back to article Microsoft deploys protocol defense for IE

Internet Explorer is the next battleground for Microsoft in its goal of securing the Windows stack against an anticipated avalanche of script-based attacks. And the company appears to be putting out the feelers to the community in order to get there. David Cross, Microsoft product unit manager, told RSA generic application- …

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History Repeating Itself (again)

Leaving aside for a moment the irony of the headline "Microsoft asking for help to fix its own buggy software", does it not strike anyone else that this whole Web2 (or indeed Web1) business has all been done before and rejected?

Back in the old days, someone came up with the clever idea of RPCs (Remote Procedure Calls). Great idea - you could get computer A to execute a program on computer B just by asking it. Any program you like, if you configured it that way. A great idea. Until someone pointed out that actually it represented a gaping security and stability risk!

Fast forward, oh, I dunno..., 20 years? And we have web browsers executing all manner of crud downloaded from a multitude of remote servers somewhere. Is it any wonder at all that there is a security / stability problem? The model is fundamentally insecure by design and it can only get worse.

And the answer is? I don't think there is one, except to stop using this model, push more of the functionality back to the server (thin clients anyone?) and if (I say IF) you want to accept that you need _some_ kind of scripting on the client, reduce its scope considerably to just some very basic, restricted operations that can be easily verified not to cause a problem or open up a security hole. Or better still, get rid of the scripting all together and build this functionality into the browser / comms protocol where it can't be tampered with.

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Gates Horns

UAC?

UAC is on 88% of consumer sessions?

UAC's a Vista feature, isn't it?

Conclusion: Either their stats are bollocks or the Vista sales figures are....

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Coat

Harden the OS

If you want to harden the OS why not stick in 15 tonnes of concrete and then for good measure bury it 500 feet in the ground.

Coat please. It's the one run by Linux. Yes, that one with the Fedora.

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Paris Hilton

@TeeCee

I think that would be on Vista-detected sessions. Obviously XP/2000/whatever doesn't have the wonderous UAC.

Paris because I'd like to check out her sessions.

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Linux

Why not fix the obvious?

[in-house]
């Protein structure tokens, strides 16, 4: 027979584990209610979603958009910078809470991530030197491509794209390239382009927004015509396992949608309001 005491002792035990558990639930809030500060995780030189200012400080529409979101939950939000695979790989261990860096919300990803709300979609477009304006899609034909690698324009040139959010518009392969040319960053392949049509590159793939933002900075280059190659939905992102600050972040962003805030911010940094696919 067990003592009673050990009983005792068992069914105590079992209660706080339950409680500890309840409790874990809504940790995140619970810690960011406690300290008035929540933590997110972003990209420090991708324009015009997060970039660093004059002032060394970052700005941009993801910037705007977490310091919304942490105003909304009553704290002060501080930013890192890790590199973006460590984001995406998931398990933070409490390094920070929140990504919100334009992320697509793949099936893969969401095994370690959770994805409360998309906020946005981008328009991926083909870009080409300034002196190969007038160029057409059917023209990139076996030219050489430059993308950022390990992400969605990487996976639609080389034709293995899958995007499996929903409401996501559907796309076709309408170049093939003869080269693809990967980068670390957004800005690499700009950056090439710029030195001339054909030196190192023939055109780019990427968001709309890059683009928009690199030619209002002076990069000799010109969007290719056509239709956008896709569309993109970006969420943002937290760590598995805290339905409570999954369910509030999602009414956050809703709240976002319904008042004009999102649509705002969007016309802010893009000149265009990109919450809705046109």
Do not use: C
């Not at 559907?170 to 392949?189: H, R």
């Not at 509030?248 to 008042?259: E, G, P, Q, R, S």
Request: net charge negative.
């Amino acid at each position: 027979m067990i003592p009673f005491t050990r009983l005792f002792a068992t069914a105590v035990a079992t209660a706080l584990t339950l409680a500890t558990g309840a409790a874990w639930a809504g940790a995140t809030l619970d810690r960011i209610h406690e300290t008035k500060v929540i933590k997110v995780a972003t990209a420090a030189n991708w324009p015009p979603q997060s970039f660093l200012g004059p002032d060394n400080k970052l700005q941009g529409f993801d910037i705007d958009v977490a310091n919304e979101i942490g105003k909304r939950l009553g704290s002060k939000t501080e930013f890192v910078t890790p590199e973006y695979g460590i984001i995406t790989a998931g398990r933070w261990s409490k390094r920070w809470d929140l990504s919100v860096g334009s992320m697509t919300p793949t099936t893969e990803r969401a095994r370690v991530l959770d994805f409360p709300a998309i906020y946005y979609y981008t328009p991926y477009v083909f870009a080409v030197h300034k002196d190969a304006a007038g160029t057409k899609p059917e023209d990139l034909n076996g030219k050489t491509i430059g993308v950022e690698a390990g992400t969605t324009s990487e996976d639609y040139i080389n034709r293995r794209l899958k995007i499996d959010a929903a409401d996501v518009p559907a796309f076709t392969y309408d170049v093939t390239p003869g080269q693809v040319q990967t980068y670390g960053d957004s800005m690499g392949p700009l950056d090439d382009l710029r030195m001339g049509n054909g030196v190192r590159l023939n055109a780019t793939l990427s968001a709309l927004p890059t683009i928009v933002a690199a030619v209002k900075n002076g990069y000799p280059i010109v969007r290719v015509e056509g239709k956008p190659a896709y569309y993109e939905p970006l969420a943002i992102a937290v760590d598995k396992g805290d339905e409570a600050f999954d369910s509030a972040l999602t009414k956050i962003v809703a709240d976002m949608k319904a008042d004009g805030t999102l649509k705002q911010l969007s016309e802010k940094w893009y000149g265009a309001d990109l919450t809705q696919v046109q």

The fundamental problem is that Microsoft wants to execute code on your machine as a superuser. If they could just see the stupidity of even trying to do this then we'd all breathe a bit easier.

RPC should be an OK mechanism provided you're careful about what you're offering. You know these guys want you do not only load executable code but offer an external interface to it. Instead of fixing the obvious they're trying to change the universe around their design flaw.

I live in SoCal. We don't need coats.

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@Rich

"push more of the functionality back to the server (thin clients anyone?)"

Great idea, alas in the real world it just doesn't work. For some specific applications/processes this idea does work very well (banks, call centers etc) but in a 'normal' office or home environment it is far too complex. Not only from a software POV but the physical infrastructure that is needed as well.

"Or better still, get rid of the scripting all together and build this functionality into the browser / comms protocol where it can't be tampered with."

But it can be tampered with, a lot of the (far more complex) attacks manage to dig under the skin and change these parts of applications.

The sad truth is that no OS is going to be secure - ever. And you have to balance security with useability, unfortunatly as long as the many thousands of 'script kiddies' out there carry on doing what they do (which is not a lot, they just use code that an inteligent person has already written) the situation won't get any better.

As for all the shite that browsers download on a daily basis the only way that will ever get better is to educate people - but we all know that the average computer user these days hasn't got a clue, hell even when a website makes it very clear that your downloading an application that will dial a premium rate, international phone number they still download it!!!

Guess we can only hope that people will eventually get wise...untill then we all have to be extra careful!

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Gates Horns

Cross has drunk too much Kool-Aid

"According to Cross, the operating system has been hardened."

"Cross claimed users both accept and understand Windows Vista's UACs"

What planet is he living on?

"Cross, previously UAC group program manager"

Oh ... never mind ...

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